Ernest Boulanger (composer)
Ernest Henri Alexandre Boulanger (September 16, 1815 – April 14, 1900 in Paris) was a French composer of comic operas and a conductor. He was more known, however, for being a choral music composer, choral group director, voice teacher, and vocal contest jury member.
Boulanger was born into a Parisian musical family. His father, Frédéric Boulanger, who left the family when Ernest was only a small child, was a cellist and professor of singing at the Paris Conservatory, winner of the First Prize in cello at the Conservatory in 1797 and a Professor of cello, attached to the King's Chapel. His mother, Marie-Julie Halligner, was a mezzo-soprano at the Théâtre de l'Opéra-Comique in Paris. He was a pupil at the Paris Conservatory where he studied under Jean-François Le Sueur, and Fromental Halévy. He studied piano with the virtuoso pianist Charles-Valentin Alkan; and operatic composition with Daniel Auber and Ferdinand Hérold.
At the age of 19, Boulanger was awarded the Grand Prix de Rome in 1835 with his cantata "Achille". In 1842, he began making a name as a composer of comic operas and as a conductor. Boulanger made a dozen comic operas between 1842 and 1877. Boulanger's chief work was the three-act opera of Don Quixote, which premiered at the Théâtre Lyrique in 1869; the most performed of his works was the one-act Les sabots de la marquise, which premiered in 1854 at the Opéra-Comique. In 1871, he became professor of singing at the conservatory. In 1870, he was made a chevalier of the Legion of Honor. In 1881, he was appointed to the Académie des Beaux-Arts. Within the cultural circles of Paris, Boulanger was an associate of Charles Gounod, Jules Massenet, Camille Saint-Saëns and William Bouwens.
Boulanger and Raissa Mychetsky (née Mychetskaya; 1858–1935), 43 years his junior, met in Saint Petersburg; she was a Russian princess who descended from St. Mikahil Tchernigovsky, and Boulanger was her voice teacher. They married in 1877 and moved to Paris where they had two children, the teacher and composer Nadia Boulanger; and composer Lili Boulanger. Like their father, Nadia and Lili both competed in the Prix de Rome, Nadia taking second place in 1908, and Lili earning the first place in 1913.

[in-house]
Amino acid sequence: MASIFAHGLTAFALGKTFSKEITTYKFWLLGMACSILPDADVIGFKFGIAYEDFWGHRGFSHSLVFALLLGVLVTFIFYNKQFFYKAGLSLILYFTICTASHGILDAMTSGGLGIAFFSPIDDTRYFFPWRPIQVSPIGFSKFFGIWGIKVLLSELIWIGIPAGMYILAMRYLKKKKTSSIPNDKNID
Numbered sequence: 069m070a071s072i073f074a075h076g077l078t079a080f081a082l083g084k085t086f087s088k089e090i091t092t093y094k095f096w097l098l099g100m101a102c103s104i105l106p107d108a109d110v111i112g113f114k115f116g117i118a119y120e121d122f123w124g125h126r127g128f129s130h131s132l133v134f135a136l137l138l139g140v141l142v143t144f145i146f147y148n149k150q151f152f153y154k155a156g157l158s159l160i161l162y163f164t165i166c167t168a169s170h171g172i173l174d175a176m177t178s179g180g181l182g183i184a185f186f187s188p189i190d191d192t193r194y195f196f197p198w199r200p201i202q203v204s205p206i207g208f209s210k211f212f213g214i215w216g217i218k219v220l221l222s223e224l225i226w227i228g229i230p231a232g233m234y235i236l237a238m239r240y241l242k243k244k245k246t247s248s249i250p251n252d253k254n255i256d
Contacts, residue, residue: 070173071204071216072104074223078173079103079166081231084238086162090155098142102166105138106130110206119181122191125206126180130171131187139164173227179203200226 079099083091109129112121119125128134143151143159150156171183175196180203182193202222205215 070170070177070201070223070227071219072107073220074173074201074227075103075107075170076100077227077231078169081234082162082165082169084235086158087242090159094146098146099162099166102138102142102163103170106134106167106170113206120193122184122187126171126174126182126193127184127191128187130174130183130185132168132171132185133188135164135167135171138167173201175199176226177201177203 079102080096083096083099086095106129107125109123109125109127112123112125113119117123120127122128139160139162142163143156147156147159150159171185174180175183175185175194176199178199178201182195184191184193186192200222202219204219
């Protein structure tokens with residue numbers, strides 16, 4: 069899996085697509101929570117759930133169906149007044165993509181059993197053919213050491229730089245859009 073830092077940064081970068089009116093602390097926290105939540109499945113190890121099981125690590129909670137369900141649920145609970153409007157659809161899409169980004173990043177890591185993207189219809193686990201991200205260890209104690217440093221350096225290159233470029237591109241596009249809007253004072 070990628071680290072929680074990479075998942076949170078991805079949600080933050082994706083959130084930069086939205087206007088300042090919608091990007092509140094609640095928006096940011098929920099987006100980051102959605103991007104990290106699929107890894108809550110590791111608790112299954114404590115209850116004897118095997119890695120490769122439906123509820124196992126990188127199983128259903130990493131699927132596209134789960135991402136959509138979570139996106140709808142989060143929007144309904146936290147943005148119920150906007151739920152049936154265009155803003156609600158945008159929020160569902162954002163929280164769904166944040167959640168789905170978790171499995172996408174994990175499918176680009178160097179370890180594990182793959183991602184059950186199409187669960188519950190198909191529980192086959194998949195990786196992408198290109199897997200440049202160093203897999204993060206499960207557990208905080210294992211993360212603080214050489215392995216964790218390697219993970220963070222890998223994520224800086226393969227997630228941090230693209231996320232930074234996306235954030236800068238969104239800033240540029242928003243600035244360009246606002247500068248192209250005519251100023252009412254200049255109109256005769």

- Le Moulin (1840, libretto by Eugène de Planard)
- Le Diable à l'École (libretto by Eugène Scribe) (1842)
- Les Deux Bergères (1843)
- Une voix (1845, libretto by Alfred Bayard and Charles Potron)
- La Cachette (1847)
- Le 15 août aux champs (1852, libretto by Michel Carré)
- Les Sabots de la Marquise (1854, libretto by Michel Carré and Jules Barbier)
- L'Éventail (1860, libretto by Michel Carré and Jules Barbier)
- Don Quichotte (1869, libretto by Michel Carré and Jules Barbier)
- Don Mucarade (1875, libretto by Michel Carré and Jules Barbier)
- Rosenstiel, Léonie (1978). The life and works of Lili Boulanger. Fairleigh Dickinson University Press. pp. 12, 25. ISBN 978-0-8386-1796-0. Retrieved 24 April 2012.
- Potter, Caroline (2006). Nadia And Lili Boulanger. Ashgate Publishing, Ltd. p. 2. ISBN 978-0-7546-0472-3. Retrieved 24 April 2012.
- Meyerbeer, Giacomo; Letellier, Robert Ignatius (1999). The Diaries of Giacomo Meyerbeer: 1791–1839. Fairleigh Dickinson Univ Press. p. 106. ISBN 978-0-8386-3789-0. Retrieved 24 April 2012.
- Baker, Theodore (1905). A biographical dictionary of musicians (Public domain ed.). G. Schirmer. pp. 655–. Retrieved 28 April 2012.
- Pauer, Ernst (1895). A dictionary of pianists and composers for the pianoforte: with an appendix of manufacturers of the instrument (Public domain ed.). Novello. pp. 14–. Retrieved 28 April 2012.
- Dunbar, Julie C. (17 December 2010). Women, Music, Culture: An Introduction. Taylor & Francis. p. 218. ISBN 978-0-415-87562-2. Retrieved 24 April 2012.
- "Lilli Boulanger" (PDF). Pittsburgh Symphony Orchestra. Retrieved 11 May 2012.
- Campbell, Don G. (August 1984). Master teacher, Nadia Boulanger. Pastoral Press. p. 17. ISBN 978-0-912405-03-2. Retrieved 28 April 2012.
- Kuhlman, Erika A. (2002). A to Z of Women in World History. Infobase Publishing. pp. 151–. ISBN 978-0-8160-4334-7. Retrieved 28 April 2012.
- Spycket, Jérôme (1992). Nadia Boulanger. Pendragon Press. p. 15. ISBN 978-0-945193-38-8. Retrieved 24 April 2012.